Nicholas Schneider sent me some results of his crab claw rig experiments, which are posted after the jump. Thanks Nic!
These are qualitative studies of slender foils and leading edge vortices for sailing craft. The results of these experiments, suffering from improvised input and variable conditions were good enough to inspire further work but produced more questions than answers.
Description of rigs in drawings:
E. Fabric tension from apex to upper tip and leech line maintain flat, non-luffing leading edge for vortex formation, loose foot cambers lower area for conventional flow, too much lee helm.
B-H all had characteristics beyond my sailing experience. D sailed without sheet, assume CP at mast and movement of aerodynamic center with changing AOA trimmed sail as I steered with dead helm. Sailed both F and G3 same day in higher wind and open water chop and gentler conditions in harbor where G3’s larger area had some advantage but generally similar performance, excepting asymmetry of G.
Tell-tails of video tape applied to D-H and generally formed as in drawing. 1 floats above all, 2 and 3 spiral aft, slight drift to leeward, once neatly twisted up and unwound on opposite tack, 4 rises up to join them at best trim, 5 steadily streaming aft, 6 sagging slightly. Rounding up puts all streaming aft, falling off, 1-6 float to leeward and most in lee field hunt forward. Tell-tail chafe greatest on leading edge between apex and mast, and in trailing vortex. Good gusts produce a tighter vortex, there is a delay in acceleration until it forms. H, with camber to leeward has 3, 4 and 5 rise up along trailing edge to spiral.
Sailing F with flat foot in harbor 10-15KT wind, best tack was with mast and strut to leeward, opposite tack best in 15-20KT in bay pounding up wind with weather helm and tell-tail 5 rising up to join 2-4 in a more compact back flowing spiral. Assume high speed flow may extend vortex further aft. In harbor weaker vortex may be assisted by disturbance of supports. Flipped mast and strut to opposite side, performance followed suit. Varied sweep angle of D and F to improve windward ability. D and F sailed flat footed and loose footed for lower edge camber. Flat F sailed with leeward lower end plate which brought low line of leeward tell-tails parallel with boom. Rolled top spar to develop twist. All results, perhaps too nuanced for my variable conditions, were inconclusive.
Seems less camber is best, easing or loss of tensioning device has adverse effect yet wing favors camber side and good high wind performance may result from increased camber in loaded fabric. Removal of lower aft area, sheet tension and helm indicate effective area of sail is forward yet slender wing’s center of pressure should be further aft. Suspect mast disturbance but clean wing has same characteristics.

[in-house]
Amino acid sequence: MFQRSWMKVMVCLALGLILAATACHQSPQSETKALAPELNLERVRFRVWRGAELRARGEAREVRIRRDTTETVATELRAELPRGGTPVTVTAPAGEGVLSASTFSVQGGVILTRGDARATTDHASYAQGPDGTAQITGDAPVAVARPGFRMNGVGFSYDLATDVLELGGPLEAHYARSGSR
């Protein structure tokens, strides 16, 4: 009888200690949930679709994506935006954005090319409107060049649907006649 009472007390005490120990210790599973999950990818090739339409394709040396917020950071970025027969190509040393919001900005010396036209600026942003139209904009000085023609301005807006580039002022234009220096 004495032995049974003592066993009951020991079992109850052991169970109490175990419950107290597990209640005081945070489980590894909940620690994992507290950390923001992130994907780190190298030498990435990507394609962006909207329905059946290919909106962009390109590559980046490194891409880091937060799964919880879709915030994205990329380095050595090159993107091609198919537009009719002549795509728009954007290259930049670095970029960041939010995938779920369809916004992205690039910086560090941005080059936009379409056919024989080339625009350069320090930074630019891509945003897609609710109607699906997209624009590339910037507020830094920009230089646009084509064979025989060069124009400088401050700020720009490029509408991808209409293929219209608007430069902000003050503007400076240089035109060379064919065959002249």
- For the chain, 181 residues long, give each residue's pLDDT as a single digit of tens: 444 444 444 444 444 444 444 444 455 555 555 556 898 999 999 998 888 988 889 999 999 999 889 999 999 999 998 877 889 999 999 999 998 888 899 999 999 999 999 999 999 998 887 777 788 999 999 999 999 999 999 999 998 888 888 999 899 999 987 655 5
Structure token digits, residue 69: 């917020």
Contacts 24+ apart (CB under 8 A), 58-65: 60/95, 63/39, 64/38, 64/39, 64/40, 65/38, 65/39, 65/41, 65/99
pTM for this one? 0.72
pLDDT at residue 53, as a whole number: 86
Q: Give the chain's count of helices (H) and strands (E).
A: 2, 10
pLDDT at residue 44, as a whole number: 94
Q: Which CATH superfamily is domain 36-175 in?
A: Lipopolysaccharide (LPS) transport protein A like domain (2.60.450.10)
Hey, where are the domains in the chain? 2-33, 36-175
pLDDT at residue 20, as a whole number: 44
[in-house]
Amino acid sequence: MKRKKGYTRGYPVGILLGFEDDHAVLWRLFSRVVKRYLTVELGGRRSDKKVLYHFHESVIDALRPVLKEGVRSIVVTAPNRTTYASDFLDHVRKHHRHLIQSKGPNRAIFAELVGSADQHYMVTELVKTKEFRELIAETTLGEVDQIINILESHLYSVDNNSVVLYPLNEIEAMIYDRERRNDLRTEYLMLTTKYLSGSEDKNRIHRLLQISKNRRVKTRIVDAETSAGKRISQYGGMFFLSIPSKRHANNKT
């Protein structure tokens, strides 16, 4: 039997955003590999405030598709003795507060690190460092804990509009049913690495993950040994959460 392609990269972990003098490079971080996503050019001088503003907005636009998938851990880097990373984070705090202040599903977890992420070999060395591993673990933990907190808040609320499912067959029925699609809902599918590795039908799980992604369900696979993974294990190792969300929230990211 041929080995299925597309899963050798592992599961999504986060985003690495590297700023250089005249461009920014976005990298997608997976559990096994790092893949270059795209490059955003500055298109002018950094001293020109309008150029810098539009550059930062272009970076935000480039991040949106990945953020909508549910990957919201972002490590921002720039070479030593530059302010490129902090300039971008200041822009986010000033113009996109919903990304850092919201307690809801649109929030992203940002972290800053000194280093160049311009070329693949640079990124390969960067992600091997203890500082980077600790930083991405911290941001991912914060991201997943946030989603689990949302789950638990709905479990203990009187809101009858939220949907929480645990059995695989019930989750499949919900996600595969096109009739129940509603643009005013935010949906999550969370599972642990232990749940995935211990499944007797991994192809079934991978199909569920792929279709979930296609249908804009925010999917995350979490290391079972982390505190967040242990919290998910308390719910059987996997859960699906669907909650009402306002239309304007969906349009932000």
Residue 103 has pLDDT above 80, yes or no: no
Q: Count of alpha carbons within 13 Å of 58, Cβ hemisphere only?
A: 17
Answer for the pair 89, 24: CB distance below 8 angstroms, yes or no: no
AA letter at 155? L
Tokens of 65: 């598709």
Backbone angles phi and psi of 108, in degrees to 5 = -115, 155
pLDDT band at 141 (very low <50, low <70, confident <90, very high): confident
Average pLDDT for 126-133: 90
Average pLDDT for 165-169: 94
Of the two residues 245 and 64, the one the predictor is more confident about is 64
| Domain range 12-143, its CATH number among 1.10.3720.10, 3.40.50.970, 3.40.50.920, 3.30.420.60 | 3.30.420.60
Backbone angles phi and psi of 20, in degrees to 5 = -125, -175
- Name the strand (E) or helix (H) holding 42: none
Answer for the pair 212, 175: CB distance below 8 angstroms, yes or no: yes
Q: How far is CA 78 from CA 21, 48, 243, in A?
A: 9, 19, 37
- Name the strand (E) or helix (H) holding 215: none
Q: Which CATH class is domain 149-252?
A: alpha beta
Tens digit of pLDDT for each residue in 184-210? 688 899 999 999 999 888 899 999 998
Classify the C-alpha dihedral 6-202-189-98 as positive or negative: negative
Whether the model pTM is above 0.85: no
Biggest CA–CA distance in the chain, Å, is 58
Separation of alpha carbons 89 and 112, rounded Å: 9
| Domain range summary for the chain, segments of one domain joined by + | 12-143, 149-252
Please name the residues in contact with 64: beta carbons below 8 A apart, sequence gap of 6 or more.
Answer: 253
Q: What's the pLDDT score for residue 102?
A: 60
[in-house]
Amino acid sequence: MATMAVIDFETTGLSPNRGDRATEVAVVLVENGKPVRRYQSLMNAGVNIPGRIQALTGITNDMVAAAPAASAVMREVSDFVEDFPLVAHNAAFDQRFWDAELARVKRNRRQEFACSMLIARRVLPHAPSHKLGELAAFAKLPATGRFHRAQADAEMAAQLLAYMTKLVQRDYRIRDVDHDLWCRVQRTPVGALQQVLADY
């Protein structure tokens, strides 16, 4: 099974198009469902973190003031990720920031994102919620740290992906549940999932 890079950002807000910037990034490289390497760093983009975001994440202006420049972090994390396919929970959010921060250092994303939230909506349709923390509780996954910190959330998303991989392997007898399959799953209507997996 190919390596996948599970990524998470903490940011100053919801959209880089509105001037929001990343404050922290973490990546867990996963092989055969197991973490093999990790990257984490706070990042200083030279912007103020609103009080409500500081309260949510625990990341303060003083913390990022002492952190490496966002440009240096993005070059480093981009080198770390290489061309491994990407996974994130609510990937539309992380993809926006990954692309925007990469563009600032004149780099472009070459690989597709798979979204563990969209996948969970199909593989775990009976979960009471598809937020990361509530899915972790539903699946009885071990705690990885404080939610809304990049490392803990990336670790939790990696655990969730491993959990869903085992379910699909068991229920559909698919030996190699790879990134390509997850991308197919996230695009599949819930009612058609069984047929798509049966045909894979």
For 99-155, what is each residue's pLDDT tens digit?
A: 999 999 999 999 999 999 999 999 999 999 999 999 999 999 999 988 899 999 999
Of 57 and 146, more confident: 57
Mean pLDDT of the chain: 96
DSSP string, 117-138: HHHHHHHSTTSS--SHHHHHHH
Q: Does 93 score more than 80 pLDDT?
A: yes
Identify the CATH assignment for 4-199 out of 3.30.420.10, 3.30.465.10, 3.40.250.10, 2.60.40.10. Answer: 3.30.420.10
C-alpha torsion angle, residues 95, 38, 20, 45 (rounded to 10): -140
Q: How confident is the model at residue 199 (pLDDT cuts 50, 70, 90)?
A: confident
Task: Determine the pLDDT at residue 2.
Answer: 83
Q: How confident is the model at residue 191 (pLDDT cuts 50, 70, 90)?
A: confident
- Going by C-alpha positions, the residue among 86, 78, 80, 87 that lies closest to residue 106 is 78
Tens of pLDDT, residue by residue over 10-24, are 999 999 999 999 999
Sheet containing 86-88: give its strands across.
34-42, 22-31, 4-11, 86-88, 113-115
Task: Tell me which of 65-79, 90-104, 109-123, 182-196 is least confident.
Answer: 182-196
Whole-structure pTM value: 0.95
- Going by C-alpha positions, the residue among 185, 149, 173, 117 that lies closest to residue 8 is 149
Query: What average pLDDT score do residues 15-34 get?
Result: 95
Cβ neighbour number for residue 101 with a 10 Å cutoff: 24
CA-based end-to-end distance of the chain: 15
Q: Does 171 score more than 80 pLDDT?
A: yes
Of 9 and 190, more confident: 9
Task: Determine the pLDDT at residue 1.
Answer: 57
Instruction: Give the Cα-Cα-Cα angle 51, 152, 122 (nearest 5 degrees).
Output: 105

Telltails were quite useful during sailing,but better studied with boat beached, or better yet, indoors at 1/12 scale on tabletop with grated fan and cassette tape tell-tails on and around sheetmetal planforms. Formation and position of LEV and some surface flow direction and pressure can be visualized. In 1/12 model of H, using moveable telltail on wand in 6 MPH flow, cassette tape slides over top of LE and rolls into vortex on lee surface below with rapid rhythmic slapping; tape streams under and a detached vortex forms below and leeward of bottom edge, large drag inducing tip vortex? The small differences between sharp clean wing and sail rig with its high parasitical drag, and the small differences in performance between D and F with its reduced SA favors this area for improved L/D. Combined vortex and potential[conventional] lift puts CP aft of mid point in symmetrical delta wing studies. Half delta large tip condition compromises conventional flow causing forward CP as confirmed in sailing,but be skeptical.
Adding tapered end plate, or pitching apex end up 20 degrees, lifts bottom vortex up onto lee surface. At 10 degrees AOA weak top and bottom vortices, conventional flow in mid aft section; 20-40 total vortex and best suction; 50 less suction and bottom detaching; 60 total separation. With flat to leeward 10-20 conventional flow; 30 transition; 40-50 middling vortex action; 60 detached. Results loosely concur with sailing experience. In models, LE with straight or curved sweepback, with sharp, round, blunt, even end plates all easily formed vortices but planform, streamwise camber and kant may help maintain attachment. In general at 20-40 AOA vortex detaches out toward streamwise flow at ½ LE, suspected drag of long telltail but short ones indicate the same. In B model LEV forms on lower half of LE and detaches out and bends down to horizontal streamwise flow at mid level, leaving tip area in somewhst confused conventional flow. Surprised it sailed so well; I might be missing something here. More sweepback, streamwise aft camber and kant twisted to leeward toward tip follows vortex trajectory delaying separation. Looks good but no idea of L/D consequences.
Other than B, these rigs handled poorly but always got me home. Sunfish hull not ideal and focus of study was drag reduction but conclusions should apply to any LEV sail. The crab claw in low position, lower spar parallel to streamwise flow, produces large tip vortex and, as sweepback is reduced, spar increasing becomes a blunt trailing edge and LEV eventually fails to form on increasingly vertical LE. Yet sail performs with this theoretically poor design indicating much to learn and potential for improvement. Time for sailing. I have sail rig F and wing H in need of a low drag platform in measurable conditions. It is winter: ice, wind meter, GPS and an iceboat would give me a speed ratio; big work for a small number.